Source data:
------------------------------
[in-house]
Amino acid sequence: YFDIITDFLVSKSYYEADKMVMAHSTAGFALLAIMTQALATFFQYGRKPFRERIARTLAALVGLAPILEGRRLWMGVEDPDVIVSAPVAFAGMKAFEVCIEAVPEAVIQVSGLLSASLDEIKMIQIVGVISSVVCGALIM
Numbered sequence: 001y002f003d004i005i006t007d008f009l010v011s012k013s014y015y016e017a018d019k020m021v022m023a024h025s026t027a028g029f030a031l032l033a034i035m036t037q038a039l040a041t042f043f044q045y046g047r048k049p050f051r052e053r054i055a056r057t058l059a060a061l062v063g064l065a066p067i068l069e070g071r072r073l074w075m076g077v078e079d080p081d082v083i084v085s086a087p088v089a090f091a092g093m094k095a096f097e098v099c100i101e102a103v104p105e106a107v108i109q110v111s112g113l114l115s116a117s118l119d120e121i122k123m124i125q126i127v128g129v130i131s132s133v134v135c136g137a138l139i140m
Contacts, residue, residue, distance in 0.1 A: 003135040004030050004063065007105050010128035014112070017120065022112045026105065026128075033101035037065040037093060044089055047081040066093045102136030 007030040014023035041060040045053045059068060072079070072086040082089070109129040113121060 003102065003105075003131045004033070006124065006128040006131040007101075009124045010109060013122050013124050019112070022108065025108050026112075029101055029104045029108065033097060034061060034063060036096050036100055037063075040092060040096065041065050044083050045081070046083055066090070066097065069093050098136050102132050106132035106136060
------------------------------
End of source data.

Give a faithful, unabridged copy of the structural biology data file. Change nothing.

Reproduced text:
[in-house]
Amino acid sequence: YFDIITDFLVSKSYYEADKMVMAHSTAGFALLAIMTQALATFFQYGRKPFRERIARTLAALVGLAPILEGRRLWMGVEDPDVIVSAPVAFAGMKAFEVCIEAVPEAVIQVSGLLSASLDEIKMIQIVGVISSVVCGALIM
Numbered sequence: 001y002f003d004i005i006t007d008f009l010v011s012k013s014y015y016e017a018d019k020m021v022m023a024h025s026t027a028g029f030a031l032l033a034i035m036t037q038a039l040a041t042f043f044q045y046g047r048k049p050f051r052e053r054i055a056r057t058l059a060a061l062v063g064l065a066p067i068l069e070g071r072r073l074w075m076g077v078e079d080p081d082v083i084v085s086a087p088v089a090f091a092g093m094k095a096f097e098v099c100i101e102a103v104p105e106a107v108i109q110v111s112g113l114l115s116a117s118l119d120e121i122k123m124i125q126i127v128g129v130i131s132s133v134v135c136g137a138l139i140m
Contacts, residue, residue, distance in 0.1 A: 003135040004030050004063065007105050010128035014112070017120065022112045026105065026128075033101035037065040037093060044089055047081040066093045102136030 007030040014023035041060040045053045059068060072079070072086040082089070109129040113121060 003102065003105075003131045004033070006124065006128040006131040007101075009124045010109060013122050013124050019112070022108065025108050026112075029101055029104045029108065033097060034061060034063060036096050036100055037063075040092060040096065041065050044083050045081070046083055066090070066097065069093050098136050102132050106132035106136060